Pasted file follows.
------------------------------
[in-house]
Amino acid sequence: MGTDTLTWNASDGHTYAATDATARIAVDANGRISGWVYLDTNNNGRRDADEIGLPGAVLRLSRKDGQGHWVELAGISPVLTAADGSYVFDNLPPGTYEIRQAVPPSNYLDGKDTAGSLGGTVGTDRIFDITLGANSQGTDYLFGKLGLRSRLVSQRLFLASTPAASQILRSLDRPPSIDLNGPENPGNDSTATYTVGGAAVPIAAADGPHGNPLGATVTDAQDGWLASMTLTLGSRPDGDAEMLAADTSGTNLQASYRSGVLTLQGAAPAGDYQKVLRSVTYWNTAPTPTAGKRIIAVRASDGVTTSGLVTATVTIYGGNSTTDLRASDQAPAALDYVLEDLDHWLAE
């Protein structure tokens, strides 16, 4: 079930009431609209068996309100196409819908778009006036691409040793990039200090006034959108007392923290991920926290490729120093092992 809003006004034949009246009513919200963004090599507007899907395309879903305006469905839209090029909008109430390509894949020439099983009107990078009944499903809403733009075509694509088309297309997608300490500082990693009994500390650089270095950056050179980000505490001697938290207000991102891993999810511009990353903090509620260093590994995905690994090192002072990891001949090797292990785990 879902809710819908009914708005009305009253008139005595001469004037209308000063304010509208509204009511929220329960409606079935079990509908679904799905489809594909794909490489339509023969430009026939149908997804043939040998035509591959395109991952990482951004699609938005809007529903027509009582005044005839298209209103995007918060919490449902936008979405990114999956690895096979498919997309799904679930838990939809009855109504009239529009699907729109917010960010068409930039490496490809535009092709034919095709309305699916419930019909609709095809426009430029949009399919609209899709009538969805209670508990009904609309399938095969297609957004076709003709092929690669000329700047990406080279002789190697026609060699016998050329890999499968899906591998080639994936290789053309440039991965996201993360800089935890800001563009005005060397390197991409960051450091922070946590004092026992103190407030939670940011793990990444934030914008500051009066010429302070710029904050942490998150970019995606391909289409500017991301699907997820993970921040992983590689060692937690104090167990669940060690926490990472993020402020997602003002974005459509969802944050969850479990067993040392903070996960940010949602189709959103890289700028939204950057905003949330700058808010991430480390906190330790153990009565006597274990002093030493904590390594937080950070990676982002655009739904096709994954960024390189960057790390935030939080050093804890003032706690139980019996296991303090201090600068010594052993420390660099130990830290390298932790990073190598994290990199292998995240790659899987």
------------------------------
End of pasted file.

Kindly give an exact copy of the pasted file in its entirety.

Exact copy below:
[in-house]
Amino acid sequence: MGTDTLTWNASDGHTYAATDATARIAVDANGRISGWVYLDTNNNGRRDADEIGLPGAVLRLSRKDGQGHWVELAGISPVLTAADGSYVFDNLPPGTYEIRQAVPPSNYLDGKDTAGSLGGTVGTDRIFDITLGANSQGTDYLFGKLGLRSRLVSQRLFLASTPAASQILRSLDRPPSIDLNGPENPGNDSTATYTVGGAAVPIAAADGPHGNPLGATVTDAQDGWLASMTLTLGSRPDGDAEMLAADTSGTNLQASYRSGVLTLQGAAPAGDYQKVLRSVTYWNTAPTPTAGKRIIAVRASDGVTTSGLVTATVTIYGGNSTTDLRASDQAPAALDYVLEDLDHWLAE
């Protein structure tokens, strides 16, 4: 079930009431609209068996309100196409819908778009006036691409040793990039200090006034959108007392923290991920926290490729120093092992 809003006004034949009246009513919200963004090599507007899907395309879903305006469905839209090029909008109430390509894949020439099983009107990078009944499903809403733009075509694509088309297309997608300490500082990693009994500390650089270095950056050179980000505490001697938290207000991102891993999810511009990353903090509620260093590994995905690994090192002072990891001949090797292990785990 879902809710819908009914708005009305009253008139005595001469004037209308000063304010509208509204009511929220329960409606079935079990509908679904799905489809594909794909490489339509023969430009026939149908997804043939040998035509591959395109991952990482951004699609938005809007529903027509009582005044005839298209209103995007918060919490449902936008979405990114999956690895096979498919997309799904679930838990939809009855109504009239529009699907729109917010960010068409930039490496490809535009092709034919095709309305699916419930019909609709095809426009430029949009399919609209899709009538969805209670508990009904609309399938095969297609957004076709003709092929690669000329700047990406080279002789190697026609060699016998050329890999499968899906591998080639994936290789053309440039991965996201993360800089935890800001563009005005060397390197991409960051450091922070946590004092026992103190407030939670940011793990990444934030914008500051009066010429302070710029904050942490998150970019995606391909289409500017991301699907997820993970921040992983590689060692937690104090167990669940060690926490990472993020402020997602003002974005459509969802944050969850479990067993040392903070996960940010949602189709959103890289700028939204950057905003949330700058808010991430480390906190330790153990009565006597274990002093030493904590390594937080950070990676982002655009739904096709994954960024390189960057790390935030939080050093804890003032706690139980019996296991303090201090600068010594052993420390660099130990830290390298932790990073190598994290990199292998995240790659899987």